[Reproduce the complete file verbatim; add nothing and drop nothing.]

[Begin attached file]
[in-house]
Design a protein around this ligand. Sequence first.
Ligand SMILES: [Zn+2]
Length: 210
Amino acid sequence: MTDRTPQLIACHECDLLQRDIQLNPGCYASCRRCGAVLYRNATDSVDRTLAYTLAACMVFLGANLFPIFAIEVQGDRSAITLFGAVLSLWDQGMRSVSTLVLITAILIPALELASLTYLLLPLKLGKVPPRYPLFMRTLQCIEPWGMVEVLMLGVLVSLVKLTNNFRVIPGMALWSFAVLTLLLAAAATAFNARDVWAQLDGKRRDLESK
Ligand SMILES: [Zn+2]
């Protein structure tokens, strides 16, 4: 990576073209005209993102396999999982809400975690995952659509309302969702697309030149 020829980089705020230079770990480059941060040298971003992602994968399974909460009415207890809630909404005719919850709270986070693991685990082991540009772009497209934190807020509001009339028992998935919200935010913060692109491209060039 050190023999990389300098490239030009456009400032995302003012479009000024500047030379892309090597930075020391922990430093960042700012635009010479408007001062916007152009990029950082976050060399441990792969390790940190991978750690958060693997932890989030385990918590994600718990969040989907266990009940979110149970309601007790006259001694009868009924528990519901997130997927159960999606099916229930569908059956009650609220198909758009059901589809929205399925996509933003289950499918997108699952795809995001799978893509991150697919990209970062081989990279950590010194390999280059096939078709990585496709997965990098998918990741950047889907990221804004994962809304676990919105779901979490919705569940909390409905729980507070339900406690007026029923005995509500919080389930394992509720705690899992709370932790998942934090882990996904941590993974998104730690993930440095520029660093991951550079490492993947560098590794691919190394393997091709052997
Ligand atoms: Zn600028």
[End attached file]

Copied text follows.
[in-house]
Design a protein around this ligand. Sequence first.
Ligand SMILES: [Zn+2]
Length: 210
Amino acid sequence: MTDRTPQLIACHECDLLQRDIQLNPGCYASCRRCGAVLYRNATDSVDRTLAYTLAACMVFLGANLFPIFAIEVQGDRSAITLFGAVLSLWDQGMRSVSTLVLITAILIPALELASLTYLLLPLKLGKVPPRYPLFMRTLQCIEPWGMVEVLMLGVLVSLVKLTNNFRVIPGMALWSFAVLTLLLAAAATAFNARDVWAQLDGKRRDLESK
Ligand SMILES: [Zn+2]
């Protein structure tokens, strides 16, 4: 990576073209005209993102396999999982809400975690995952659509309302969702697309030149 020829980089705020230079770990480059941060040298971003992602994968399974909460009415207890809630909404005719919850709270986070693991685990082991540009772009497209934190807020509001009339028992998935919200935010913060692109491209060039 050190023999990389300098490239030009456009400032995302003012479009000024500047030379892309090597930075020391922990430093960042700012635009010479408007001062916007152009990029950082976050060399441990792969390790940190991978750690958060693997932890989030385990918590994600718990969040989907266990009940979110149970309601007790006259001694009868009924528990519901997130997927159960999606099916229930569908059956009650609220198909758009059901589809929205399925996509933003289950499918997108699952795809995001799978893509991150697919990209970062081989990279950590010194390999280059096939078709990585496709997965990098998918990741950047889907990221804004994962809304676990919105779901979490919705569940909390409905729980507070339900406690007026029923005995509500919080389930394992509720705690899992709370932790998942934090882990996904941590993974998104730690993930440095520029660093991951550079490492993947560098590794691919190394393997091709052997
Ligand atoms: Zn600028």